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Utility is measure of satisfied preference or overall happiness. An abstract measure of utility is called a util, or utilon. It is an arbitrary quantity, but can be consistently assigned once a set of utility functions are defined. All utils are equal; any diminishing returns or other factors are accounted for when utils are measured. Utils are not to be confused with hedons, units of subjective pleasure, or fuzzies, the warm feelings associated with the belief that one has accomplished good. One common denominator for utility, specially in economics, is money: the price a person is willing to pay for the satisfaction of his preference. In most contexts money can be seen as the unit of caring.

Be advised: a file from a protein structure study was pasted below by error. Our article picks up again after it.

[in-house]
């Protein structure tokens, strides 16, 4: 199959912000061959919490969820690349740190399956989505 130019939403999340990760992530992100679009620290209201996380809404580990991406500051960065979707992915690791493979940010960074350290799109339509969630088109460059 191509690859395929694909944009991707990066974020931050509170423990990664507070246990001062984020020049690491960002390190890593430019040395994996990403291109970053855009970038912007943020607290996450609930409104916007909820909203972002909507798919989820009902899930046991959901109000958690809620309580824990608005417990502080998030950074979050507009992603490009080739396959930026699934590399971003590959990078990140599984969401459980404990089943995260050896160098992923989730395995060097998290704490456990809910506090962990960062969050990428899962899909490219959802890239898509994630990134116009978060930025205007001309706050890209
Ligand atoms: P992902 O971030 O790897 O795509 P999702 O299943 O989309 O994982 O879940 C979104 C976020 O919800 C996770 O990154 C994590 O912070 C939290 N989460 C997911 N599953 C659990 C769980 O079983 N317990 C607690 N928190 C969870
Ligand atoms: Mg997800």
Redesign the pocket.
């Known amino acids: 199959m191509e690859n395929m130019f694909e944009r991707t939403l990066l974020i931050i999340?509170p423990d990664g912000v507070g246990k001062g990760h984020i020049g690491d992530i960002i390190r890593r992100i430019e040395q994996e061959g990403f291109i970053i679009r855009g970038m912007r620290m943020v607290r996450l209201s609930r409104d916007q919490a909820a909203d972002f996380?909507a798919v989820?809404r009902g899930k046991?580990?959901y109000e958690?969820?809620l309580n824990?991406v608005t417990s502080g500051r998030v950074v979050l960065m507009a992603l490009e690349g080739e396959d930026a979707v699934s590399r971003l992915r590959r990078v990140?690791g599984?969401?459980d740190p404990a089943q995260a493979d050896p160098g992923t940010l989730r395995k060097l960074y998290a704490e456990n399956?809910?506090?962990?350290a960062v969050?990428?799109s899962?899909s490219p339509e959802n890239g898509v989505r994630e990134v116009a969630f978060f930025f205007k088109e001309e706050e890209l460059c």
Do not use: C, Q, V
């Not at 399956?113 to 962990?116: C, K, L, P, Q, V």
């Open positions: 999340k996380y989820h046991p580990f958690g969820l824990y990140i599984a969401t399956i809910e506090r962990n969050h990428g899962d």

Utilitarianism is the philosophy that advocates whatever action produces the greatest amount of utility is the moral action.

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